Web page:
Interviews

Engaging and inspiring people plays a big part in the success of a business

7 min read

22 August 2016

Social enterprises are businesses that exist to tackle social problems and protect the environment. And while many may suggest embracing the dualism required to both do good and make money isn’t easy, the number of small social enterprises in the UK suggest otherwise.

Image: Shutterstock

Increasing awareness around corporate scandals and murky supply chains has led to a rise in what is known as conscious consumption – a term used to describe when concerns about the origins of products affect the ways consumers shop.

It’s no surprise then that customers across all markets respond well to social enterprise (SE). And according to Peter Holbrook, chief executive of Social Enterprise UK: “Such a business model is inherently efficient.”

He said: “This way of running a business resonates with generations both young and old and so we are observing significant startup activity. This is where high-percentage growth is most achievable. Good product, price, people, accompanied with an effective route to market should normally bring success. Being able to communicate concisely what your social impact is all about is the cherry on the SE cake.”

Read more about social entrepreneurship and sustainability:

This may be easier said than done given that SEs are judged on far more than the average firm – we’re entering a “prove to me” era and consumer expectations are boundless. But after speaking to leaders in the sector, we unveil a few tips that could help your business.

For Hill Holt Wood CEO Steven Donagain success is the combination of multiple small achievements and income streams.

“Should conditions change in one aspect, another area of the business can grow and support it,” he explained. “You need a strong leadership with keen imagination and a bold streak to identify and commit to these new income streams, with a talented and enthusiastic workforce to turn ideas into reality.”

The Linconshire-based charity’s net assets are worth £1.1m, with the company being held accountable to the community via a volunteer board. And every year it creates a self-assessment report to ensure it is working in accordance to its aims and objectives.

“This performance is critical to our reputation,” Donagain said. “We need to be making a strong surplus just as traditional businesses need to make profit, yet our credibility and the goodwill we enjoy from our customers and funding is reliant on how we use our surplus.”

Continue reading to find out how simply doing the right thing can take you far.

Likewise, Sophi Tranchell, the CEO of Divine, put an emphasis on clearly defining the company’s vision, which in turn increases staff engagement and loyalty.

“We pride ourselves on doing business differently and putting farmers at the heart of everything we do,” Tranchell claimed. “We are saying and doing something that engages and inspires people and also makes them happy, which has a big part to play in the success of the business. People want to feel rewarded and satisfied by where they work – somewhere where people are at the heart of it. Working for a social enterprise is an attractive proposition, which in turn helps drive the success of Divine as a business.

“The main challenge is budget, as we are competing with giants. Our competitors are global players with multimillion-dollar marketing budgets, but being a social enterprise has definitely been an asset as people can see the real impact that Divine is making to the farmers. This gives us a really unique point of difference in the market and is also very motivating for the people working with us. Social enterprise companies have a real advantage in that they have more to say and an interesting story that engages people beyond just the product.”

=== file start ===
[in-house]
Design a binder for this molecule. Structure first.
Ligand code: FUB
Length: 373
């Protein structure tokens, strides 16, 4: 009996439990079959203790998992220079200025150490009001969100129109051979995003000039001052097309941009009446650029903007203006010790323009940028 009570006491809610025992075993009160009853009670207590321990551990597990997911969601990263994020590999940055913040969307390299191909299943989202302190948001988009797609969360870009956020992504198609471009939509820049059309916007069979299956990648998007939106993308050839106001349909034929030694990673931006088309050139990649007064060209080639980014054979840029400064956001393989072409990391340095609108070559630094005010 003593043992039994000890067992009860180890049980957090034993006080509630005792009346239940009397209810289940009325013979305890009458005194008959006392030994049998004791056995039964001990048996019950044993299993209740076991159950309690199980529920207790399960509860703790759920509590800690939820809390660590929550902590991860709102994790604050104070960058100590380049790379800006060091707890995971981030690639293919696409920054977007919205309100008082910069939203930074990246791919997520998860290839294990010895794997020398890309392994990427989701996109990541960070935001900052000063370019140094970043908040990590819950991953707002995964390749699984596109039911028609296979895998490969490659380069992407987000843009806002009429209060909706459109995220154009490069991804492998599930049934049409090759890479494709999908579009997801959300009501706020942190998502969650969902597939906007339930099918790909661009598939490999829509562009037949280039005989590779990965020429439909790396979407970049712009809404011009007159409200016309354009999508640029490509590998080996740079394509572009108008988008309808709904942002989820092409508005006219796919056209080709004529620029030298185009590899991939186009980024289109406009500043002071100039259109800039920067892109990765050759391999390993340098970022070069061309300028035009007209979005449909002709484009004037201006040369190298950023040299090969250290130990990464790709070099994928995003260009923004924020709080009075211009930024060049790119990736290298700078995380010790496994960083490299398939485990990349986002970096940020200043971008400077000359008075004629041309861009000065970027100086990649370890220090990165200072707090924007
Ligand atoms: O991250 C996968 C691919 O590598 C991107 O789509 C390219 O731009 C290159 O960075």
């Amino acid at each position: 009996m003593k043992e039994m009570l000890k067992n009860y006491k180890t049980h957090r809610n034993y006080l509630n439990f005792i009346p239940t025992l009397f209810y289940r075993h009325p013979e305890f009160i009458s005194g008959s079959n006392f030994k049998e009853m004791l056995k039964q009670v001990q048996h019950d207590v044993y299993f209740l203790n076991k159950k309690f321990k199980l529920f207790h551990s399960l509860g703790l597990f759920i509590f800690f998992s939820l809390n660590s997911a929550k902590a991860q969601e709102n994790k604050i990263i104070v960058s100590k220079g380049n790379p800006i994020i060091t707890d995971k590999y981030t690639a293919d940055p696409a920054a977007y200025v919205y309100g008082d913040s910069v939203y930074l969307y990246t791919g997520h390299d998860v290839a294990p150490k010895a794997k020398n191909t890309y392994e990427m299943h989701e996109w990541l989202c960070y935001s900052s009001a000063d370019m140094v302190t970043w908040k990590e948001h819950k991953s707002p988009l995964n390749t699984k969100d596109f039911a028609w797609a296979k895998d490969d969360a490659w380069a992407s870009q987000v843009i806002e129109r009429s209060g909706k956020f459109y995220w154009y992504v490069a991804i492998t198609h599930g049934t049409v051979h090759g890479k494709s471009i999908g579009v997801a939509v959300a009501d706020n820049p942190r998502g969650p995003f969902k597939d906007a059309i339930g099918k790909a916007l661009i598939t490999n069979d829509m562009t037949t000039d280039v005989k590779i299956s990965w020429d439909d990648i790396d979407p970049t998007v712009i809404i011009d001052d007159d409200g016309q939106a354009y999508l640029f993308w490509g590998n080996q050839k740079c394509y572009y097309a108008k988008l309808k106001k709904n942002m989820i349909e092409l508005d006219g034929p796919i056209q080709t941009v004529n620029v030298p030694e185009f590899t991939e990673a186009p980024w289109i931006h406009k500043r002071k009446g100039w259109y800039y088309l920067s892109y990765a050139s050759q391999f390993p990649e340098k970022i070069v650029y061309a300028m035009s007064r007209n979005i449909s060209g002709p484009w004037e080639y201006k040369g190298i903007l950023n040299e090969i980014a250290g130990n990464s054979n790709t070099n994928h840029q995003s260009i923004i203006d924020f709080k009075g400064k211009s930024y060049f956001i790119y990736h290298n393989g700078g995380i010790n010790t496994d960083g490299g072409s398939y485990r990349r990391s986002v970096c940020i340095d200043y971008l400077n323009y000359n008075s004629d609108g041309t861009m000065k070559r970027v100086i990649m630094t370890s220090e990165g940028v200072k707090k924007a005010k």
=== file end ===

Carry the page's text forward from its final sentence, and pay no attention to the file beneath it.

Simply doing the right thing can take you far

According to Holbrook, the simple tenant of doing the right thing by your staff, customers, environment and community is a business advantage – not a burden. “It’s a powerful and resilient business model, not just a moral one,” he said, adding that by showing goodwill firms were more likely to attract top talent.

This concept was further highlighted by Donagain, who claimed consumers and staff alike were more likely to buy into your business as it gave them a good feeling knowing they were contributing in some way.

“This adds to brand loyalty as our customers begin to feel ownership,” he said. “Put simply, do something for the community – and do it well – and your customers will take up the torch with you.”

It’s not something businesses should shy away from, least of all not because it might damage goals to do do with gaining money. Tranchell suggested that Divine focused on the same principles of success that any firm in the food business did, from selling more in supermarkets to increasing distribution. It’s the way in which the firm measures its success that’s different.

“It’s about sharing success with the cocoa farmers who own the company, which is what makes us different to other companies,” she explained. “Our success is shared between the many, not the few.”

Similarly, Elvis & Kresse co-founder Kresse Wesling suggested more business leaders should focus on the impact of what they achieve.

“We have reclaimed over 300 tonnes of waste so far; this is the true impact of our business,” she explained. “This is what matters, our impact – this is what we should celebrate. By celebrating turnover, businesses are reducing themselves to the least of what they do… What you achieve for society, for the environment – this is so much more important.”

Meanwhile, find out how companies are now expected (by politicians, customers and, above all, employees) to demonstrate social value. Merely creating jobs and making profits is no longer enough.